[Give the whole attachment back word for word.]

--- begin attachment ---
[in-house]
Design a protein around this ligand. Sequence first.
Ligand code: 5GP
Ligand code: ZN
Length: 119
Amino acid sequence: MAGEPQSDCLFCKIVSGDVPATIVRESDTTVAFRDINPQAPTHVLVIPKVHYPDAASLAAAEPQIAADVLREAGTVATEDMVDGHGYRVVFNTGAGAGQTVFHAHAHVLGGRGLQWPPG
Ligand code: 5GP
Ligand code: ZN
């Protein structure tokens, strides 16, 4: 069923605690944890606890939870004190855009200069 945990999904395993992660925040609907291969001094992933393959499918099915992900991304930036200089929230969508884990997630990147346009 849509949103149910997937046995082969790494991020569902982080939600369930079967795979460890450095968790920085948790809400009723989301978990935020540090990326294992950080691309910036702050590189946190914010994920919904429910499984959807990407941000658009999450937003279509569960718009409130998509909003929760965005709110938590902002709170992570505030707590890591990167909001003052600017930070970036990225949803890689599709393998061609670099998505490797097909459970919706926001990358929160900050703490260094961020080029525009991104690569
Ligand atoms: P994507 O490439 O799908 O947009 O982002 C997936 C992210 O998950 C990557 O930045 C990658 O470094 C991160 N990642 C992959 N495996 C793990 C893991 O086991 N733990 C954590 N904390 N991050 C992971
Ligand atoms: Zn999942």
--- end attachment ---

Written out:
[in-house]
Design a protein around this ligand. Sequence first.
Ligand code: 5GP
Ligand code: ZN
Length: 119
Amino acid sequence: MAGEPQSDCLFCKIVSGDVPATIVRESDTTVAFRDINPQAPTHVLVIPKVHYPDAASLAAAEPQIAADVLREAGTVATEDMVDGHGYRVVFNTGAGAGQTVFHAHAHVLGGRGLQWPPG
Ligand code: 5GP
Ligand code: ZN
């Protein structure tokens, strides 16, 4: 069923605690944890606890939870004190855009200069 945990999904395993992660925040609907291969001094992933393959499918099915992900991304930036200089929230969508884990997630990147346009 849509949103149910997937046995082969790494991020569902982080939600369930079967795979460890450095968790920085948790809400009723989301978990935020540090990326294992950080691309910036702050590189946190914010994920919904429910499984959807990407941000658009999450937003279509569960718009409130998509909003929760965005709110938590902002709170992570505030707590890591990167909001003052600017930070970036990225949803890689599709393998061609670099998505490797097909459970919706926001990358929160900050703490260094961020080029525009991104690569
Ligand atoms: P994507 O490439 O799908 O947009 O982002 C997936 C992210 O998950 C990557 O930045 C990658 O470094 C991160 N990642 C992959 N495996 C793990 C893991 O086991 N733990 C954590 N904390 N991050 C992971
Ligand atoms: Zn999942």